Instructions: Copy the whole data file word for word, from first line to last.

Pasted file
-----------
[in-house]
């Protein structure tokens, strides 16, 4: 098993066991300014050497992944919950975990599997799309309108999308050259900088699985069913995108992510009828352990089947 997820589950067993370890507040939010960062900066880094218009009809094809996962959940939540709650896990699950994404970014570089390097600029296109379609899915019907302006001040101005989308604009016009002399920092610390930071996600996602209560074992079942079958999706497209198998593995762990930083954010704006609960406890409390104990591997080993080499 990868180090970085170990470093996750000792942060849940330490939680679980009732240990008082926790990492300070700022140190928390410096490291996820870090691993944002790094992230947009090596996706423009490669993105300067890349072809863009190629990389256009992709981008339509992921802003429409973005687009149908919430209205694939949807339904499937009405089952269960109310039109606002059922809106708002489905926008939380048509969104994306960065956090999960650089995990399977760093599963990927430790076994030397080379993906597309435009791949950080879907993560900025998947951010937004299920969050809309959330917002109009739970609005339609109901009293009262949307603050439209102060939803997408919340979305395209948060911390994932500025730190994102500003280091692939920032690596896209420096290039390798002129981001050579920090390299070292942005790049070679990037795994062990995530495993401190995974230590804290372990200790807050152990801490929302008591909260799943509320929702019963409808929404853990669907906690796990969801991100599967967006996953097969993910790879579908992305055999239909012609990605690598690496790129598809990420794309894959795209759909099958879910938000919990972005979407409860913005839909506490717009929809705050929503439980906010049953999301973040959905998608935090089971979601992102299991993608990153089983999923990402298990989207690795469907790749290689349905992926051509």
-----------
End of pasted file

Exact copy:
[in-house]
């Protein structure tokens, strides 16, 4: 098993066991300014050497992944919950975990599997799309309108999308050259900088699985069913995108992510009828352990089947 997820589950067993370890507040939010960062900066880094218009009809094809996962959940939540709650896990699950994404970014570089390097600029296109379609899915019907302006001040101005989308604009016009002399920092610390930071996600996602209560074992079942079958999706497209198998593995762990930083954010704006609960406890409390104990591997080993080499 990868180090970085170990470093996750000792942060849940330490939680679980009732240990008082926790990492300070700022140190928390410096490291996820870090691993944002790094992230947009090596996706423009490669993105300067890349072809863009190629990389256009992709981008339509992921802003429409973005687009149908919430209205694939949807339904499937009405089952269960109310039109606002059922809106708002489905926008939380048509969104994306960065956090999960650089995990399977760093599963990927430790076994030397080379993906597309435009791949950080879907993560900025998947951010937004299920969050809309959330917002109009739970609005339609109901009293009262949307603050439209102060939803997408919340979305395209948060911390994932500025730190994102500003280091692939920032690596896209420096290039390798002129981001050579920090390299070292942005790049070679990037795994062990995530495993401190995974230590804290372990200790807050152990801490929302008591909260799943509320929702019963409808929404853990669907906690796990969801991100599967967006996953097969993910790879579908992305055999239909012609990605690598690496790129598809990420794309894959795209759909099958879910938000919990972005979407409860913005839909506490717009929809705050929503439980906010049953999301973040959905998608935090089971979601992102299991993608990153089983999923990402298990989207690795469907790749290689349905992926051509």